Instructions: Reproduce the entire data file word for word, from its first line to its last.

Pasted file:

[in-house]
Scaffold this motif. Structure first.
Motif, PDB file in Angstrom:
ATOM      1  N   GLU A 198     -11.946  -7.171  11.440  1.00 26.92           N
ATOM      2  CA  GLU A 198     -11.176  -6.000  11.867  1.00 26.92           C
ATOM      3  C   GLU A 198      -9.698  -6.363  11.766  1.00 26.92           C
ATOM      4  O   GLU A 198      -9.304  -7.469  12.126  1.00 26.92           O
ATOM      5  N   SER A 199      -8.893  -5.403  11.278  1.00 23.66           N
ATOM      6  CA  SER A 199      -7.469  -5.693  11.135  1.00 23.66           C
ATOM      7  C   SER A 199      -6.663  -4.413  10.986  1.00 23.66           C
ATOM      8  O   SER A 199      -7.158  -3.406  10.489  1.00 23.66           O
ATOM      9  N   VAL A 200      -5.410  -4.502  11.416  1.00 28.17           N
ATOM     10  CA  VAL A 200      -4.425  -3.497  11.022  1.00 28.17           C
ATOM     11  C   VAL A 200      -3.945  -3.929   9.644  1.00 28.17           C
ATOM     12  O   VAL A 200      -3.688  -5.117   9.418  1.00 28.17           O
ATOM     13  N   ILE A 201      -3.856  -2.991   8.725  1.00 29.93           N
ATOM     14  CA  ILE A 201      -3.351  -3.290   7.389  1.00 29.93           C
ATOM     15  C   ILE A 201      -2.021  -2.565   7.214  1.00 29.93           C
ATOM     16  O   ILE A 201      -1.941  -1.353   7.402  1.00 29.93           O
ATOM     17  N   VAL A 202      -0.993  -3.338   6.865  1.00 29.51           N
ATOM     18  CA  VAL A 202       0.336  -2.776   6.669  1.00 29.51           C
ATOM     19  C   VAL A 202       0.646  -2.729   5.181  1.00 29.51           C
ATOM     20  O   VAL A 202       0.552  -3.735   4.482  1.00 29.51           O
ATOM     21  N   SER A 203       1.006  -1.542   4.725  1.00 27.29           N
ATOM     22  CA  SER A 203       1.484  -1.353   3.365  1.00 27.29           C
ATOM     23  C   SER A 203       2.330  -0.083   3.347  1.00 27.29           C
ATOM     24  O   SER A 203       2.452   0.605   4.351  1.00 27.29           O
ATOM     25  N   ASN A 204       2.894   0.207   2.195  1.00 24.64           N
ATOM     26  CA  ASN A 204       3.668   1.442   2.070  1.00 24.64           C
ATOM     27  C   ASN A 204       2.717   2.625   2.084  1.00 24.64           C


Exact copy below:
[in-house]
Scaffold this motif. Structure first.
Motif, PDB file in Angstrom:
ATOM      1  N   GLU A 198     -11.946  -7.171  11.440  1.00 26.92           N
ATOM      2  CA  GLU A 198     -11.176  -6.000  11.867  1.00 26.92           C
ATOM      3  C   GLU A 198      -9.698  -6.363  11.766  1.00 26.92           C
ATOM      4  O   GLU A 198      -9.304  -7.469  12.126  1.00 26.92           O
ATOM      5  N   SER A 199      -8.893  -5.403  11.278  1.00 23.66           N
ATOM      6  CA  SER A 199      -7.469  -5.693  11.135  1.00 23.66           C
ATOM      7  C   SER A 199      -6.663  -4.413  10.986  1.00 23.66           C
ATOM      8  O   SER A 199      -7.158  -3.406  10.489  1.00 23.66           O
ATOM      9  N   VAL A 200      -5.410  -4.502  11.416  1.00 28.17           N
ATOM     10  CA  VAL A 200      -4.425  -3.497  11.022  1.00 28.17           C
ATOM     11  C   VAL A 200      -3.945  -3.929   9.644  1.00 28.17           C
ATOM     12  O   VAL A 200      -3.688  -5.117   9.418  1.00 28.17           O
ATOM     13  N   ILE A 201      -3.856  -2.991   8.725  1.00 29.93           N
ATOM     14  CA  ILE A 201      -3.351  -3.290   7.389  1.00 29.93           C
ATOM     15  C   ILE A 201      -2.021  -2.565   7.214  1.00 29.93           C
ATOM     16  O   ILE A 201      -1.941  -1.353   7.402  1.00 29.93           O
ATOM     17  N   VAL A 202      -0.993  -3.338   6.865  1.00 29.51           N
ATOM     18  CA  VAL A 202       0.336  -2.776   6.669  1.00 29.51           C
ATOM     19  C   VAL A 202       0.646  -2.729   5.181  1.00 29.51           C
ATOM     20  O   VAL A 202       0.552  -3.735   4.482  1.00 29.51           O
ATOM     21  N   SER A 203       1.006  -1.542   4.725  1.00 27.29           N
ATOM     22  CA  SER A 203       1.484  -1.353   3.365  1.00 27.29           C
ATOM     23  C   SER A 203       2.330  -0.083   3.347  1.00 27.29           C
ATOM     24  O   SER A 203       2.452   0.605   4.351  1.00 27.29           O
ATOM     25  N   ASN A 204       2.894   0.207   2.195  1.00 24.64           N
ATOM     26  CA  ASN A 204       3.668   1.442   2.070  1.00 24.64           C
ATOM     27  C   ASN A 204       2.717   2.625   2.084  1.00 24.64           C